G.Naranbold: One moment, last chance...

G.Odgarav

2015-09-11 15:19 GMT+8

Name: G.Naranbold
Position: Instructor at UB Кендо Club
Years practicing: Five
Kendo established in Mongolia: 1999
Kendo clubs: Ulaanbaatar Kendo, Mongol Club

“Japanese have developed kendo as cultural heritage in order to recover the tradition...”
Kendo is spread to over 100 countries and has been established back in 11-12th centuries and the development was at its peak during 13-15th centuries. Kendo ( lit."sword way") is a modern Japanese martial art, which descended from swordsmanship. It is believed that judo, karate, aikido and kendo have the same origins. While kendo has kept the traditional swordmanship. Kendo (along with other martial arts) was banned in Japan in 1946 by the occupying powers, in response to the wartime militarisation of martial arts instruction in Japan. immediately after Japan's independence was restored and the ban on martial arts in Japan was lifted. It was formed on the principle of kendo not as a martial art but as educational sport, and it has continued to be practiced as such to this day. Japanese have developed kendo as cultural heritage and recovered the tradition.

“Weapon requires more speed than body can produce...
There is very few number of martial arts that utilize weapon. While those that do not use weapon 100 percent reliant on the human body capacities, those that use weapon require more speed than body can generate and have more destructive power.

“A scorable point in a kendo competition is defined as an accurate strike or thrust made onto a datotsu-bui...


Kendo can be described as the speed, strength and attention that is generated by human body and use of a weapon. Kendo philosophy is if you win you win in life, if you lose you lose and die. While in other sports a powerful strike or an exhaust can be defining factor is one wins or loses, in kendo scorable point in a competition is defined as an accurate strike or thrust made onto a datotsu-bui.

“One moment of distraction and you are hit with a strike...”
Attention is essential in kendo competition as one moment of distraction will be an advantage for the opponent. The opponent is in a waiting mode for that one moment. One moment, last chance... Therefore, it is about attention and patience.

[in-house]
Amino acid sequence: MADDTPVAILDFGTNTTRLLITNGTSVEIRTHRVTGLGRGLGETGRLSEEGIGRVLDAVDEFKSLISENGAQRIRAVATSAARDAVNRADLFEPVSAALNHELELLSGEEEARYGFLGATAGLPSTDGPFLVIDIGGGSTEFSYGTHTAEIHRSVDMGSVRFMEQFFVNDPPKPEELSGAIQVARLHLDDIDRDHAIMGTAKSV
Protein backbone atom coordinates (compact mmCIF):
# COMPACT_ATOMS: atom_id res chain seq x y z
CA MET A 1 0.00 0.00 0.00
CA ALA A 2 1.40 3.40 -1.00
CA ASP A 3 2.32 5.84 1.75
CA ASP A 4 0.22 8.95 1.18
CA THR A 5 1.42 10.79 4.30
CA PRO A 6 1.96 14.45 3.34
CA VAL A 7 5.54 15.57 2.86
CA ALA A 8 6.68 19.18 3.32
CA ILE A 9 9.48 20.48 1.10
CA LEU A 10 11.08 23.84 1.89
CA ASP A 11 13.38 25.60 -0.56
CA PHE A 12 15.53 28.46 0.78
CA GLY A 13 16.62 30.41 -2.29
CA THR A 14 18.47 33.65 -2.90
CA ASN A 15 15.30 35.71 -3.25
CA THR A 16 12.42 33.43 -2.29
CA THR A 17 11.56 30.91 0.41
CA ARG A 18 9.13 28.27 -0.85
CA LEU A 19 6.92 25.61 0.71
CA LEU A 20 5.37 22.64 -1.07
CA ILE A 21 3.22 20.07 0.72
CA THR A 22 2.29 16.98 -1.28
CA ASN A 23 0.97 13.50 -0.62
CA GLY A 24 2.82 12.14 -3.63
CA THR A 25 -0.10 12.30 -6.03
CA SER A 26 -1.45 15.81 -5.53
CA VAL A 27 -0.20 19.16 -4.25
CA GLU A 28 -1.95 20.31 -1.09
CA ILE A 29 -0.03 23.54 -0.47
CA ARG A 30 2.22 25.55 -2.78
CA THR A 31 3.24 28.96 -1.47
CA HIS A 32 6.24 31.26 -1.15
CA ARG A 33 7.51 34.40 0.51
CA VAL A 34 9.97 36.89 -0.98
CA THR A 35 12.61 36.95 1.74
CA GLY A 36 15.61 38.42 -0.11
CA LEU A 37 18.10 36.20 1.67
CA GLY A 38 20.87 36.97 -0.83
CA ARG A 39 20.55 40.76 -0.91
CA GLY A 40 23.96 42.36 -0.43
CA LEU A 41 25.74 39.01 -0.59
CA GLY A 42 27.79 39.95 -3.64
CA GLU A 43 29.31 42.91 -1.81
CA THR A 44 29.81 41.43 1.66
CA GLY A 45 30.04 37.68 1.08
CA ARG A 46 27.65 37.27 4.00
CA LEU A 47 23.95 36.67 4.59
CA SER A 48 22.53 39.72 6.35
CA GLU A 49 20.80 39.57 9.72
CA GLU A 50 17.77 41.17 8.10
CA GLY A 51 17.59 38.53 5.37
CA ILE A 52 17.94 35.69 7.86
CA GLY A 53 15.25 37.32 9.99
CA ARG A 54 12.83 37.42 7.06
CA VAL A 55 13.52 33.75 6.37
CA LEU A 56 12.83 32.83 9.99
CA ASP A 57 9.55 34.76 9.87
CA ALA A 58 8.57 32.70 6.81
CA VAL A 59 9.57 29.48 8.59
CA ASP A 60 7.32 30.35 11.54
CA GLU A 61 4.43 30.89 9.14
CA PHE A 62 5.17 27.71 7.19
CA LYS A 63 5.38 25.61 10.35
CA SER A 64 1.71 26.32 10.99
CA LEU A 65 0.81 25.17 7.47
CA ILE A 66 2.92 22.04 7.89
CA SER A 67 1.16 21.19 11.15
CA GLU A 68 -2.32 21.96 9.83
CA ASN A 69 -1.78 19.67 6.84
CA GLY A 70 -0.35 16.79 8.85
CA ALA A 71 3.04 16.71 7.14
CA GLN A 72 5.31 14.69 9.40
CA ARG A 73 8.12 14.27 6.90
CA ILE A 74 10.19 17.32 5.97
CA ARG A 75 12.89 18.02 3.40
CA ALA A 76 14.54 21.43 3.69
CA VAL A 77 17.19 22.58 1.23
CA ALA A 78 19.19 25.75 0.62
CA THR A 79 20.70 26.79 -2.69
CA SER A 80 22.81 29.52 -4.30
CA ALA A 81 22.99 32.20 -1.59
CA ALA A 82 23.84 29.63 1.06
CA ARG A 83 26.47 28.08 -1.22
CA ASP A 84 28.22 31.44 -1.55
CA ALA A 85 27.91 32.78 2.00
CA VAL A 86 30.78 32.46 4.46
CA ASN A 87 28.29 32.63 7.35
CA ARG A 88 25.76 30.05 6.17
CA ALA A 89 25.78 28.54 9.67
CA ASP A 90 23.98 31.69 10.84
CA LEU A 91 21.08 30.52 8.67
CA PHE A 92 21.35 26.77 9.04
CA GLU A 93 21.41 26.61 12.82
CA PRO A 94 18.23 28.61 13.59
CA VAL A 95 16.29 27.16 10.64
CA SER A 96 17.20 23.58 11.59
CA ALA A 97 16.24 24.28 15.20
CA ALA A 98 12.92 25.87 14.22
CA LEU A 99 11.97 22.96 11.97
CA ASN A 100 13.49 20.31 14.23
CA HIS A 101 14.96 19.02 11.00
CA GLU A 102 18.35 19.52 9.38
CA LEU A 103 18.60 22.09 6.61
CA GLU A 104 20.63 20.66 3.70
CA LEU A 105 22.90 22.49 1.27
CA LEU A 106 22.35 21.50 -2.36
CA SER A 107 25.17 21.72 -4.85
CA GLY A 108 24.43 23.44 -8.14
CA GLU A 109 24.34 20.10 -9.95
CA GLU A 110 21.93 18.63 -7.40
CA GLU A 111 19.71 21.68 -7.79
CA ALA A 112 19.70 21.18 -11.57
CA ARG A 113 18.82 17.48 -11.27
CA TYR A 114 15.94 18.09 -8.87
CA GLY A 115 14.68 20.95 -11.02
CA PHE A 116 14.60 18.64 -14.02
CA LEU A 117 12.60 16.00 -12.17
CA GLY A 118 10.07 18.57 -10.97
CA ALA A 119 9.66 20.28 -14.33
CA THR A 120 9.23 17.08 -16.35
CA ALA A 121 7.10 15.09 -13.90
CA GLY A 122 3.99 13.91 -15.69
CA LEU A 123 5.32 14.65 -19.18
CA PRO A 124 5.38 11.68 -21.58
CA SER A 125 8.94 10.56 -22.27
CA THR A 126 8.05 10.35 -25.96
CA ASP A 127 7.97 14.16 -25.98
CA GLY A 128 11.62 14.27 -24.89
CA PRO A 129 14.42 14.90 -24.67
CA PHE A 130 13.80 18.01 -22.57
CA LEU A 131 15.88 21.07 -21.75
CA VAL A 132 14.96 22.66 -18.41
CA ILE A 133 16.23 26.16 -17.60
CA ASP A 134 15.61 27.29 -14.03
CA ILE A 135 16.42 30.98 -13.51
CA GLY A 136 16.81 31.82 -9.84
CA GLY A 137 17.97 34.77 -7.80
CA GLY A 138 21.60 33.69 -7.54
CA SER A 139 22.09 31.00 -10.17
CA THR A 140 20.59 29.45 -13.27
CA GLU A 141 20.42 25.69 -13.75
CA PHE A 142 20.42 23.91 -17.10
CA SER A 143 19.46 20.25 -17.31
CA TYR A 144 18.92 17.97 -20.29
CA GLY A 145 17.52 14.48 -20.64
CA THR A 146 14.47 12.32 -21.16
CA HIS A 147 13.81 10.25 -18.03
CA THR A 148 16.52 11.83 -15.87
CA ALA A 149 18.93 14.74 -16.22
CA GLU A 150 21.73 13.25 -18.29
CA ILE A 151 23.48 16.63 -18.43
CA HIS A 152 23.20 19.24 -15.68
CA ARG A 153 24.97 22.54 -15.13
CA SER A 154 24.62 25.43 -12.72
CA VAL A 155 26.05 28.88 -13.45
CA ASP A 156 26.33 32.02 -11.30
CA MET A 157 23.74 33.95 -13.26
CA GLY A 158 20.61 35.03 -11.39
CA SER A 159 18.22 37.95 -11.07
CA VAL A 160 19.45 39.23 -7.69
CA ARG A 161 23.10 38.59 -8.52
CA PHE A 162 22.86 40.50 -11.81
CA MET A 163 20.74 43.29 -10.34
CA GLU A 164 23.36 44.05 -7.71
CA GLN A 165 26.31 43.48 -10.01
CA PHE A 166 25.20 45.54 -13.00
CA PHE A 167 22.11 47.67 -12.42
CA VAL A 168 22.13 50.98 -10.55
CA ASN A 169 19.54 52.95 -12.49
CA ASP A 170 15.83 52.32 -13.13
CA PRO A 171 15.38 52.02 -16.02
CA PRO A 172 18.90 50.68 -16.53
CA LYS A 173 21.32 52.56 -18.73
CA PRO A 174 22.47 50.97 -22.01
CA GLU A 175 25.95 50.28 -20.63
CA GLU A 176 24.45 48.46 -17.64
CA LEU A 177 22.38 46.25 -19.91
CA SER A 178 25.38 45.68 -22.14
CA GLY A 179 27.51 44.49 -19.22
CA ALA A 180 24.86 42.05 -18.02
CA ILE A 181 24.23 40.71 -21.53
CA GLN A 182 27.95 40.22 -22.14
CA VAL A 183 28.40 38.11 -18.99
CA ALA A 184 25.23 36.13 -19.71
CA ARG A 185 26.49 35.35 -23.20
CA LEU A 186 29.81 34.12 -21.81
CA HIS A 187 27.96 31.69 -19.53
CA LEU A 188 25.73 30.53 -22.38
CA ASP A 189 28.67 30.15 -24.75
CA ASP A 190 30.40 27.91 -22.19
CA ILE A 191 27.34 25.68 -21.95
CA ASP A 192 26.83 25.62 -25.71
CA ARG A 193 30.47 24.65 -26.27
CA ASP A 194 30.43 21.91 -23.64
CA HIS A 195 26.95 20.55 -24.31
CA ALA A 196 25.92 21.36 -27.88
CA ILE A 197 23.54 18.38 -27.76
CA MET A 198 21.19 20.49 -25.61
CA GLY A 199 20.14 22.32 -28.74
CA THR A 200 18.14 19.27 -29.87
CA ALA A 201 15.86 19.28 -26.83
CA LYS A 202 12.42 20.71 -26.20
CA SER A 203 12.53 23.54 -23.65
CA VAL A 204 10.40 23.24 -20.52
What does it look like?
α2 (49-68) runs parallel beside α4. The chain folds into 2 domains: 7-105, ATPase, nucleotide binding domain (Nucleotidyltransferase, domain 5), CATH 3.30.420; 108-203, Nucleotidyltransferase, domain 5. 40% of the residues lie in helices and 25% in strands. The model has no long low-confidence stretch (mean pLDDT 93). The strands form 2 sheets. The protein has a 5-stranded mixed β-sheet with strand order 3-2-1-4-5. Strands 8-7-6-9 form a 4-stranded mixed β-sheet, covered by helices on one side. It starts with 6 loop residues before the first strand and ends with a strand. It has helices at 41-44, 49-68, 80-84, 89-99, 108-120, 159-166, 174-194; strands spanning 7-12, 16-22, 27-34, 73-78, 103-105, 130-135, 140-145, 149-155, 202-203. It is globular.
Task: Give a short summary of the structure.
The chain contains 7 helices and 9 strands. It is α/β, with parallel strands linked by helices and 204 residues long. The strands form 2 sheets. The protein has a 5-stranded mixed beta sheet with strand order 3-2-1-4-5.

“Kendo is similar to Mongolian wrestling...”
Kendo is similar to Mongolian wrestling. To most people it is seen as thou two wrestlers are resting on each other's shoulders. While in reality one waits for the other to get distracted in order to do the stunt.

“Kendo is not just standing with a bamboo stick, it is all about inner strength...”

From side kendo competition is seen as two kendokas standing facing each other holding bamboo sticks. As our sensei says, the moment shinais touch the conversation between kendokas start. In this conversation the one loses the fight who fails the conversation. In other words, there is constant inner fight, which will be expressed with only one strike.

“Without inner strength you lose...”
It is important to have proper psychological preparedness. The speed is the result of the total integration of mind and body. Without inner strength you lose.

“Even if one does scorable point strike, but with no sense of inner strength the judge won't score it...”
Body, voice and mind should meet at one point. Besides having strong voice one should be convinced in heart and mind of winning the match. Even if one does scorable point strike, but with no sense of inner strength the judge won't score it.

“It develops the ability to read the opponent...”

Photo and video by: D.Javkhlantugs, A.Ariunbold

Compared to other sports, kendo has the advantage that one can score a point without damaging the body of an opponent. It also improves the body movement. Kendokas have better eye contact and better ability to read the opponent. Therefore, it enables to avoid the offense. One with speed and ability to read the opponent has better chances to score a point.

If one boasts with a score... ”
Kendo is a way to discipline the human character through the application of the principles of the katana. Kendoka should hold in esteem human courtesy and honor. If one boasts with a score, it is impossible to win the match. It is not ethical to rejoice over a win, as if the match was for real it is not ethical to be happy about the opponent's death. The match should start and end with respect.

“There is no Japanese kendoka with a grade of 9-10 dans...”


Kendo clothing is traditional Japanese clothing, while the protective armour has been derived from the traditional armour of samurai. Technical achievement in kendo is measured by advancement in grade, rank or level. As Japanese have high morals there is no Japanese kendoka with a grade of 9-10 dan. The highest rank kendoka owns 8 dan.

 

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